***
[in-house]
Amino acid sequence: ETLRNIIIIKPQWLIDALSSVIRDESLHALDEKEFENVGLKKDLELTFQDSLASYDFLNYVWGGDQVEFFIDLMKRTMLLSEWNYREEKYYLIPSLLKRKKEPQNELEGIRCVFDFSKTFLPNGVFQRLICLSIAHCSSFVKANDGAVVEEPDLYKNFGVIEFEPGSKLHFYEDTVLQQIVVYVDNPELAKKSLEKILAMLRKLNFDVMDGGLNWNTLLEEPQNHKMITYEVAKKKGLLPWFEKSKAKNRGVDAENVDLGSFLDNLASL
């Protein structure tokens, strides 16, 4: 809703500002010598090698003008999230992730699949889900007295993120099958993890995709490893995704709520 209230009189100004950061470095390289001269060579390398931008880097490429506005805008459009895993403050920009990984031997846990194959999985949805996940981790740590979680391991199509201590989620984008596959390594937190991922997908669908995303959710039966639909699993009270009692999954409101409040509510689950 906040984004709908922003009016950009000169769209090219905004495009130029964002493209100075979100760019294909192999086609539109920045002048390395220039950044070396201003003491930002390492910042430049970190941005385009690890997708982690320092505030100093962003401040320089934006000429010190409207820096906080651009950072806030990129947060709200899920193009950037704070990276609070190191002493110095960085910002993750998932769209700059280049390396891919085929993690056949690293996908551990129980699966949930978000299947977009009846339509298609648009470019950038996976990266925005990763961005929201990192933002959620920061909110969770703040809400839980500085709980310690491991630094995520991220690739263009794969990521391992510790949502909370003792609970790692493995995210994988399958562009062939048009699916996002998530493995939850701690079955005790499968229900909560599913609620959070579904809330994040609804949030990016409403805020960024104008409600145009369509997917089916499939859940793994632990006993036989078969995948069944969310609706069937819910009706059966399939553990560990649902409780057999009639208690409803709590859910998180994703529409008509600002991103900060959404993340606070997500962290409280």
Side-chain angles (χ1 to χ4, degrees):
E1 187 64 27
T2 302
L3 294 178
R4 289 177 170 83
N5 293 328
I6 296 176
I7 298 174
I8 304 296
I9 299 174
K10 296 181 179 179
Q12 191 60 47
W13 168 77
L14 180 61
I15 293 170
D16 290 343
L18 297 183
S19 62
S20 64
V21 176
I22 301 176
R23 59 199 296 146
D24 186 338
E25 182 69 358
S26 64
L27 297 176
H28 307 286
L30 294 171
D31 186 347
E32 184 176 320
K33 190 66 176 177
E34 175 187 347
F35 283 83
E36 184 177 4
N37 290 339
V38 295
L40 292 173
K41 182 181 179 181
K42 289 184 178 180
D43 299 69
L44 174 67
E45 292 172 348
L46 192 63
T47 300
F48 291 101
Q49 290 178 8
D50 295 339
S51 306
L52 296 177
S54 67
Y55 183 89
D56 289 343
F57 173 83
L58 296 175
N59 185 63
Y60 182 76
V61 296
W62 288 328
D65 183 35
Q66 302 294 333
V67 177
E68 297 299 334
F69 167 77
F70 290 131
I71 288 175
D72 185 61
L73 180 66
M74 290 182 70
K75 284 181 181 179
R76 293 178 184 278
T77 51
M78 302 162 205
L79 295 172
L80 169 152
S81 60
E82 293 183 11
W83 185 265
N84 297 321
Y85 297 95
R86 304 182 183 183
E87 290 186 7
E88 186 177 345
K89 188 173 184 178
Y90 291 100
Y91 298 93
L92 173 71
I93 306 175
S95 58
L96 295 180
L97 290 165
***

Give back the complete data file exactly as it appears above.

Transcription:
[in-house]
Amino acid sequence: ETLRNIIIIKPQWLIDALSSVIRDESLHALDEKEFENVGLKKDLELTFQDSLASYDFLNYVWGGDQVEFFIDLMKRTMLLSEWNYREEKYYLIPSLLKRKKEPQNELEGIRCVFDFSKTFLPNGVFQRLICLSIAHCSSFVKANDGAVVEEPDLYKNFGVIEFEPGSKLHFYEDTVLQQIVVYVDNPELAKKSLEKILAMLRKLNFDVMDGGLNWNTLLEEPQNHKMITYEVAKKKGLLPWFEKSKAKNRGVDAENVDLGSFLDNLASL
């Protein structure tokens, strides 16, 4: 809703500002010598090698003008999230992730699949889900007295993120099958993890995709490893995704709520 209230009189100004950061470095390289001269060579390398931008880097490429506005805008459009895993403050920009990984031997846990194959999985949805996940981790740590979680391991199509201590989620984008596959390594937190991922997908669908995303959710039966639909699993009270009692999954409101409040509510689950 906040984004709908922003009016950009000169769209090219905004495009130029964002493209100075979100760019294909192999086609539109920045002048390395220039950044070396201003003491930002390492910042430049970190941005385009690890997708982690320092505030100093962003401040320089934006000429010190409207820096906080651009950072806030990129947060709200899920193009950037704070990276609070190191002493110095960085910002993750998932769209700059280049390396891919085929993690056949690293996908551990129980699966949930978000299947977009009846339509298609648009470019950038996976990266925005990763961005929201990192933002959620920061909110969770703040809400839980500085709980310690491991630094995520991220690739263009794969990521391992510790949502909370003792609970790692493995995210994988399958562009062939048009699916996002998530493995939850701690079955005790499968229900909560599913609620959070579904809330994040609804949030990016409403805020960024104008409600145009369509997917089916499939859940793994632990006993036989078969995948069944969310609706069937819910009706059966399939553990560990649902409780057999009639208690409803709590859910998180994703529409008509600002991103900060959404993340606070997500962290409280």
Side-chain angles (χ1 to χ4, degrees):
E1 187 64 27
T2 302
L3 294 178
R4 289 177 170 83
N5 293 328
I6 296 176
I7 298 174
I8 304 296
I9 299 174
K10 296 181 179 179
Q12 191 60 47
W13 168 77
L14 180 61
I15 293 170
D16 290 343
L18 297 183
S19 62
S20 64
V21 176
I22 301 176
R23 59 199 296 146
D24 186 338
E25 182 69 358
S26 64
L27 297 176
H28 307 286
L30 294 171
D31 186 347
E32 184 176 320
K33 190 66 176 177
E34 175 187 347
F35 283 83
E36 184 177 4
N37 290 339
V38 295
L40 292 173
K41 182 181 179 181
K42 289 184 178 180
D43 299 69
L44 174 67
E45 292 172 348
L46 192 63
T47 300
F48 291 101
Q49 290 178 8
D50 295 339
S51 306
L52 296 177
S54 67
Y55 183 89
D56 289 343
F57 173 83
L58 296 175
N59 185 63
Y60 182 76
V61 296
W62 288 328
D65 183 35
Q66 302 294 333
V67 177
E68 297 299 334
F69 167 77
F70 290 131
I71 288 175
D72 185 61
L73 180 66
M74 290 182 70
K75 284 181 181 179
R76 293 178 184 278
T77 51
M78 302 162 205
L79 295 172
L80 169 152
S81 60
E82 293 183 11
W83 185 265
N84 297 321
Y85 297 95
R86 304 182 183 183
E87 290 186 7
E88 186 177 345
K89 188 173 184 178
Y90 291 100
Y91 298 93
L92 173 71
I93 306 175
S95 58
L96 295 180
L97 290 165